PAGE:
Tried listening to this on a road trip but the bizarre start turned my children off and forced me to listen to three hours of rap music. When I came back to it, I was drawn in by the boy's quirky flaws and the basic premise. I was not prepared for the heart-wrenching chapter when the depth of the boys loss is revealed. Be forewarned, this book is not for those with recent family losses. I don't often cry over book characters, or movies either, but I caught myself more than once dwelling upon the "planes flying into buildings" mantra and having to turn the book off. Overall, I wish my children would read novels like this, if nothing else, to make them appreciate the wonderful, nearly uneventful lives they lead.
I would have rated this book higher if the author had been less talented. Mr. Foer clearly enjoys incredible command of language and is extremely proud of himself for his virtuosity. Just as the protagonist of his first novel bore the author's own name, I had the feeling that his irritating little Oskar was some younger version of the author. Would that he had grown up to be a novelist who could create believable characters, instead of wearying the reader with a barrage of novelistic tricks, all of which seemed to distract one from his unconvincing creations.
There is a far better book featuring a boy named Oskar, Guenther Grass' "Tin Drum." Read that instead.
I'm resuscitating my capacity to enjoy recorded books with a reread of Austen's "Emma." Imagine--an author who doesn't call attention to herself and whose least developed character is more convincingly portrayed than anyone in ELIC.
Written with wit, insight and irony, but ultimately boring because it went on and on and on over trivial things, and never offered coherent explanations for his grandparents. Wonderfully read, however.
This is a wonderful rendering of a thoughtful and captivating set of stories. The characters are very well developed, and the narrators are consistently good interpreters. I was touched by the human frailties captured in sometimes humorous, sometimes tragic moments. I highly recommend this audiobook.
I really prefer to read books made into movies before seeing the movie but that didn't happen. And what also didn't happen is liking the book better. This book just really didn't excite me. It was enjoyable. But all of the story lines were distracting and diluted the good points of the others.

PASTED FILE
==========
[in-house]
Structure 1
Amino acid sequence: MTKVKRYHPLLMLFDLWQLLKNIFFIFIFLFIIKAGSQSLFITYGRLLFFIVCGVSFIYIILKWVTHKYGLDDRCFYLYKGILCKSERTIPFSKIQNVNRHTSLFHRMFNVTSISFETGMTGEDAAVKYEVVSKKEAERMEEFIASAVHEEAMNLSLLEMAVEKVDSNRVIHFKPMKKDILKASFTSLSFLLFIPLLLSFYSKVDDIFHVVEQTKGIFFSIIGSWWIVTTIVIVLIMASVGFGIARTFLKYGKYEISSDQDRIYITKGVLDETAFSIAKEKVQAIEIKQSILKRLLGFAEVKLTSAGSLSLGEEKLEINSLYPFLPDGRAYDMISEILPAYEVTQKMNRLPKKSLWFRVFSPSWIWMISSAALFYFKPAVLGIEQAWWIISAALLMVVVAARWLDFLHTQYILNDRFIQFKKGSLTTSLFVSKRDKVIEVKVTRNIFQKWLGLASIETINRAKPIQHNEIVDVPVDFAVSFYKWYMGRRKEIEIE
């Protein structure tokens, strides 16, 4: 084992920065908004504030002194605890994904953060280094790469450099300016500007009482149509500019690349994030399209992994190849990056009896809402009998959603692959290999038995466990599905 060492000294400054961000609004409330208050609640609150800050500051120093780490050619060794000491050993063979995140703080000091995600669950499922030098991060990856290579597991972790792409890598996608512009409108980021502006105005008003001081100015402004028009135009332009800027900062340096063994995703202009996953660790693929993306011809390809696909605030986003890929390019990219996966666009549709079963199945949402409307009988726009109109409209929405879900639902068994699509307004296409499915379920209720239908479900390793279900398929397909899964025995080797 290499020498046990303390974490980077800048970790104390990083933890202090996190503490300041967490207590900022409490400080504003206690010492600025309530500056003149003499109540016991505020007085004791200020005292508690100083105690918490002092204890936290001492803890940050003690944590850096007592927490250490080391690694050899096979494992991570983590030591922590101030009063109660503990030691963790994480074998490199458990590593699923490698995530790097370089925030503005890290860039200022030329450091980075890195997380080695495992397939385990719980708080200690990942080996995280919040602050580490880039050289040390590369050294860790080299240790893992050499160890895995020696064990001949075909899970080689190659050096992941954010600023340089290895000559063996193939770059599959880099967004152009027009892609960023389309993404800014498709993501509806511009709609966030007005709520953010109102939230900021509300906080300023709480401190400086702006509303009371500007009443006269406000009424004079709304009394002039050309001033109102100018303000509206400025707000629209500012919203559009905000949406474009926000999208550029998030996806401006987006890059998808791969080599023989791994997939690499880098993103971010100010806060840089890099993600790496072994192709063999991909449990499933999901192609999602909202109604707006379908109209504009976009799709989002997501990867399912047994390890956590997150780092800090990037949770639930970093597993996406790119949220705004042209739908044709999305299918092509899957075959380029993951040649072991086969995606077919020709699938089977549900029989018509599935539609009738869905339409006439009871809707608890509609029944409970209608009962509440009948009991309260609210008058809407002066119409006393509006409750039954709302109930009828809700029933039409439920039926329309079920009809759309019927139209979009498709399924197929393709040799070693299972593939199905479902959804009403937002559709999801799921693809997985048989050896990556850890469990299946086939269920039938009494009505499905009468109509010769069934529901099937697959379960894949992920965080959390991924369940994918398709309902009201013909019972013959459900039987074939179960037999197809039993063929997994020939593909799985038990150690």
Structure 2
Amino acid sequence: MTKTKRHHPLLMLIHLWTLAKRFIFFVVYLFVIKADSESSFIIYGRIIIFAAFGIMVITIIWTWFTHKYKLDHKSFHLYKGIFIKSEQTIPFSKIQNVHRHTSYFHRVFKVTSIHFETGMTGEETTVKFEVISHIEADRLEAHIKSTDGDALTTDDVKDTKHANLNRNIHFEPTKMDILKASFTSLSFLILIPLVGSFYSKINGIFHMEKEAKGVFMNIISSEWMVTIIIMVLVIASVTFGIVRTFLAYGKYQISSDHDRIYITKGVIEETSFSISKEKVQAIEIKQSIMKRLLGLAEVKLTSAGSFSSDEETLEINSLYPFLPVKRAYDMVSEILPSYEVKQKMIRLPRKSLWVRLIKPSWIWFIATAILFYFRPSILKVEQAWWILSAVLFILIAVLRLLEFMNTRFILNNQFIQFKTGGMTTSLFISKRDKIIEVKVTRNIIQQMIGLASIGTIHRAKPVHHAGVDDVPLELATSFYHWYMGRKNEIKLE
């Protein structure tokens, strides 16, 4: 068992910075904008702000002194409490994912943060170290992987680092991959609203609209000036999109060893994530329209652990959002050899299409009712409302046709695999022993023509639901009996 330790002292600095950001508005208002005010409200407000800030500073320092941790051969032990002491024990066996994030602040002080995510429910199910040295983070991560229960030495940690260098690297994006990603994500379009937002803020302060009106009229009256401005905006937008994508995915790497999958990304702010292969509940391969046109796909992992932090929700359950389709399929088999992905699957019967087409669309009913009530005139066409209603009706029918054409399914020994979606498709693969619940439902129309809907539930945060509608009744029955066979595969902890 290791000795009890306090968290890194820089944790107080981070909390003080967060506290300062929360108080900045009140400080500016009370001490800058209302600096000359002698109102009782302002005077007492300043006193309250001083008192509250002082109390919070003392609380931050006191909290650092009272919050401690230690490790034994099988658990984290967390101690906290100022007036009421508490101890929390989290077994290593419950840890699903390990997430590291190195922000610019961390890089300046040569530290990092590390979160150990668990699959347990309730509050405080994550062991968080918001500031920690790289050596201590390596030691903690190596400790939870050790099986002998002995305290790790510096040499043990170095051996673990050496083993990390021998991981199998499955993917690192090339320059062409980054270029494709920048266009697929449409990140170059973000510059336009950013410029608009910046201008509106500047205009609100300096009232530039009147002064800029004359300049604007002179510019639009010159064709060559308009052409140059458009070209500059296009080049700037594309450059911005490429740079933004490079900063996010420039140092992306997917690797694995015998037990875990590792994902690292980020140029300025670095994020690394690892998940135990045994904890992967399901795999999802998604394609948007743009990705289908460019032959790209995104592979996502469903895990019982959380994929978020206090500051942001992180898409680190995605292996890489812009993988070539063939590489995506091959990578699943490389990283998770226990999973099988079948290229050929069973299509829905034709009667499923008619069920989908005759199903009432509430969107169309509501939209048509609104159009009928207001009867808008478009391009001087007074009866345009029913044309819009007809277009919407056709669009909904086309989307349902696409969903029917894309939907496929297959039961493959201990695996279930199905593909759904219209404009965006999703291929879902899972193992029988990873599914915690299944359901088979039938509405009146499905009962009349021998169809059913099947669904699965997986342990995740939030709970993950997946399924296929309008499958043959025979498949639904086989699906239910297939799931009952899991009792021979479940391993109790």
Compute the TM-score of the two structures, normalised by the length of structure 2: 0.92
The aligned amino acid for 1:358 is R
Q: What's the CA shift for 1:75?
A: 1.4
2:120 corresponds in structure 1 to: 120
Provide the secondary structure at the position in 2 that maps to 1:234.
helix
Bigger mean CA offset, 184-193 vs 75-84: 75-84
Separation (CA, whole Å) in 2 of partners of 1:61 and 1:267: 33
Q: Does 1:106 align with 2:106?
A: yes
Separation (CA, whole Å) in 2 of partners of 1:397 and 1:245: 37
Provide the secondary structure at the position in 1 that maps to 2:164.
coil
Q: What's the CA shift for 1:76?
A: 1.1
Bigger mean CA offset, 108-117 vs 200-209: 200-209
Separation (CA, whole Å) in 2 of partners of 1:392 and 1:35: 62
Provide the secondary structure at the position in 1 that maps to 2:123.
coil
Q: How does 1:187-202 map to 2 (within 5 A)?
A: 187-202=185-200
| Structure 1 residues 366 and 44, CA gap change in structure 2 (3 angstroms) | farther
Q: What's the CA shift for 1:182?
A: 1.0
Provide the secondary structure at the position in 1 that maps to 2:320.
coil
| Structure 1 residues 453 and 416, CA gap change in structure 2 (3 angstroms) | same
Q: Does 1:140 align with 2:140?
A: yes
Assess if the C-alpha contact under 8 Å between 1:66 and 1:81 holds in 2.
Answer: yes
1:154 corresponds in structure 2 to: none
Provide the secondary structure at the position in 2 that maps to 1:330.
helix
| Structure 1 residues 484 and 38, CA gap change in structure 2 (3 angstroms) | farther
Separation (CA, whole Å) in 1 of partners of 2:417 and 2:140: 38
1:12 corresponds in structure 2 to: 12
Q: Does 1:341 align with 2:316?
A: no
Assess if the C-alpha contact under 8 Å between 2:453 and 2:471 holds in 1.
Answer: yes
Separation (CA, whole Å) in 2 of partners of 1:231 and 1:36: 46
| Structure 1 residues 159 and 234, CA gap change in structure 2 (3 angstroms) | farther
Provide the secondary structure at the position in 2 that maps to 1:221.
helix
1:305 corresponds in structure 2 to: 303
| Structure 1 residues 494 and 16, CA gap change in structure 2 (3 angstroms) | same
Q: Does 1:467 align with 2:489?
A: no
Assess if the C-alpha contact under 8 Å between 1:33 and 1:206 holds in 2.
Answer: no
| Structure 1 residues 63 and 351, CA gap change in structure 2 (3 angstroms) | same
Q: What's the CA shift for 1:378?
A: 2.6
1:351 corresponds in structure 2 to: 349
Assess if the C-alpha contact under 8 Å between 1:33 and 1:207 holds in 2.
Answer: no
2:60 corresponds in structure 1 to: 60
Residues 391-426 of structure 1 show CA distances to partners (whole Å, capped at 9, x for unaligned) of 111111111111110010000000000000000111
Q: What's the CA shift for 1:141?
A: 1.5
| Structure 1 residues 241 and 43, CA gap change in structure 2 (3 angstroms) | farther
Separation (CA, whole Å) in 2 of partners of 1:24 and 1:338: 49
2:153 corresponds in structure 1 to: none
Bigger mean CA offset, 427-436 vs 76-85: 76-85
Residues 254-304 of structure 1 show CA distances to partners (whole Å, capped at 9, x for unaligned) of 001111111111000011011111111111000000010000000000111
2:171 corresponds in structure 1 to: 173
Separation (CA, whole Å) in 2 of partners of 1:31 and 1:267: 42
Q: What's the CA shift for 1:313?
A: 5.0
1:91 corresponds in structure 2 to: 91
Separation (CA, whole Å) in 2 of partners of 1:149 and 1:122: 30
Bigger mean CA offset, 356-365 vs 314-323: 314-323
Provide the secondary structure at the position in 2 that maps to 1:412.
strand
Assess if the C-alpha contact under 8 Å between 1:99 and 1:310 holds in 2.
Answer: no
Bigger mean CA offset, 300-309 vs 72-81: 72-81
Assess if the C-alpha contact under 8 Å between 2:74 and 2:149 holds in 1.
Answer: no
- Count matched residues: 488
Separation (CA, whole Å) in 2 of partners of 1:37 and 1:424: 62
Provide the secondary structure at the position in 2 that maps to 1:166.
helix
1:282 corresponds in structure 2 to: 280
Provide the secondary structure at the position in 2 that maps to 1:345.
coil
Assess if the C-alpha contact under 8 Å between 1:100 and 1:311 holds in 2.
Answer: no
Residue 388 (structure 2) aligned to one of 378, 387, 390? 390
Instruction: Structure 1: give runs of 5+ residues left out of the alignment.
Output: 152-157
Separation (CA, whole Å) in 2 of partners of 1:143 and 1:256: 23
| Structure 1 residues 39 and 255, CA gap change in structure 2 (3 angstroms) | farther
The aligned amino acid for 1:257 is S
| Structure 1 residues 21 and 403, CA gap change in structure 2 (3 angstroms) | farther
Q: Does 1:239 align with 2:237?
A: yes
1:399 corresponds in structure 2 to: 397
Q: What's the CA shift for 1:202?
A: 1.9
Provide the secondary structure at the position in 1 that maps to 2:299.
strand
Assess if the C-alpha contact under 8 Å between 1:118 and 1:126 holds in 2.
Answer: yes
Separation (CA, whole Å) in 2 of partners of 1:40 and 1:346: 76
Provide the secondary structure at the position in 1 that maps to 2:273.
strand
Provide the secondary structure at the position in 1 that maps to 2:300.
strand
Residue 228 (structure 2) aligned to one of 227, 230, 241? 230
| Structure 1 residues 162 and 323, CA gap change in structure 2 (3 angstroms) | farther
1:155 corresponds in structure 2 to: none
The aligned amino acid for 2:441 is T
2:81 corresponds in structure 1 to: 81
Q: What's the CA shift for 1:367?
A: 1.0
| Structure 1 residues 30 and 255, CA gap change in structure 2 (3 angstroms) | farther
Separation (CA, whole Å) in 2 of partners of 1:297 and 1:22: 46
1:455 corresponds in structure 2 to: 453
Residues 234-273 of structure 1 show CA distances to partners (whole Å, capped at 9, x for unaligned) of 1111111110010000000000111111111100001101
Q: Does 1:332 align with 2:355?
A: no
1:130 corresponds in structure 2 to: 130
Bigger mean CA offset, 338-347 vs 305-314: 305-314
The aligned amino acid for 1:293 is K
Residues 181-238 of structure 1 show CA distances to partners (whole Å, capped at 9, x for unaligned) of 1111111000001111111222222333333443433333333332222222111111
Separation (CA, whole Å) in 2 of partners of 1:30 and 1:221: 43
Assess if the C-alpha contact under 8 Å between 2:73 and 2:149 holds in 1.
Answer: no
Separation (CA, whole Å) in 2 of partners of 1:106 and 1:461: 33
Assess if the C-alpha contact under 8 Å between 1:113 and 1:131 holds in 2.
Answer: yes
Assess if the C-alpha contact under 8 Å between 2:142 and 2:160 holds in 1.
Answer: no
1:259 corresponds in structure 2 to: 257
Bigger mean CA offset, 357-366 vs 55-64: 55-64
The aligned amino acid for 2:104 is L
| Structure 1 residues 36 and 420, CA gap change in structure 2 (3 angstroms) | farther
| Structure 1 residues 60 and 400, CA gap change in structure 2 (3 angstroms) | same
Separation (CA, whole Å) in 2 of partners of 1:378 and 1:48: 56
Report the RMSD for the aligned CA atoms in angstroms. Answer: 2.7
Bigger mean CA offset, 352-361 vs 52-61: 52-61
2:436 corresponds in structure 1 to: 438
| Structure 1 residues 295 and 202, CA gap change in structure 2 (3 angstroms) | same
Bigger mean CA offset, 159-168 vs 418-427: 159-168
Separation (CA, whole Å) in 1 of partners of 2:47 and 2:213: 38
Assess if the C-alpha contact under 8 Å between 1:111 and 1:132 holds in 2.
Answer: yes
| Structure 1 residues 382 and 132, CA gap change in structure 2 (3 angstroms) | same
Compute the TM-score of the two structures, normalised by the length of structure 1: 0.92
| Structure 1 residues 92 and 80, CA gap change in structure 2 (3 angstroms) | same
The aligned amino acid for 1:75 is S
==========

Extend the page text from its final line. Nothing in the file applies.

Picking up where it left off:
The story of the grandparents was enjoyable. However, I never saw a connection to the story of the boy grappling with his father's death. The story of the search for the lock was wonderful but how did it relate to the grandparents? Maybe I am dense or stupid but I didn't get it. Ad trying to figure it out took away the enjoyment of listening to the book. And the story of the mother was non-existant. For once I have to say the movie re-write was much better.
The narration was superb. Character differentiation was excellent. Accents were appropriate. I usually prefer one narrator to a "cast" and I think this story did not require three, but it did work. Transitions were seamless.
If you liked the movie, I would think twice about this book.
I just couldn't finish it. After only a couple of hours of listening, I just couldn't hear any more about this preternaturally sensitive, thoughtful, and intelligent child. He was not a credible character and I was tired of pretending that any child would think and act like this.
The author keeps switching back and forth making the story very difficult to follow. I was so bored with it that I only finished about half of the first part.
Not a lot to say about this. The young boy is a good character, but otherwise it doesn't have the energy or heart of his first book.
Retired CFO, Army wife, Mom of five, Grandma of six, two sons who served in combat, love to read books that reflect my values and faith, love mysteries, historical, military stories, and books that don't waste my time . . . if it doesn't have an ending that was worth the wait, I'm not a happy camper.
This audio book disappointed me, though I did listen until the end. The number of good reviews stumped me. I thought this was a book about a boy who lost his father when the twin towers fell in the 9/11 attack. It isn't. The boy is very bright, maybe a genius. But the entire book is a book of prose, that is not very well connected. The fact that Oscar, the little boy, has to talk so much about sex and human anatomy is totally unnecessary and lends nothing to the book, and the grandmother tales of sex with the grandfather are even more superficial (in my opinion). The most disappointing thing about the whole book is that no one ever grows up, takes responsibility for their actions, and begins to live in a healthy manner. The mother indulges the boy (Oscar), the grandmother and grandfather both relate separately with their grandson, as if the other doesn't exist, and Oscar basically fends for himself. While the attacks of 9/11 were absolutely horrendous, they have nothing on other historical events such as the holocaust, where real heroes emerged, victorious over their circumstances. I found myself angry at the grandfather's self-pity and self-indulgence, after he had suffered a loss in his life, and how he let it affect the lives of his family. A time of feeling sorry for oneself is to be expected, but for heaven's sake, you finally have to grow up. This book just goes round and round and ends up nowhere.
It is much better than the movie
You will fall in love with his character.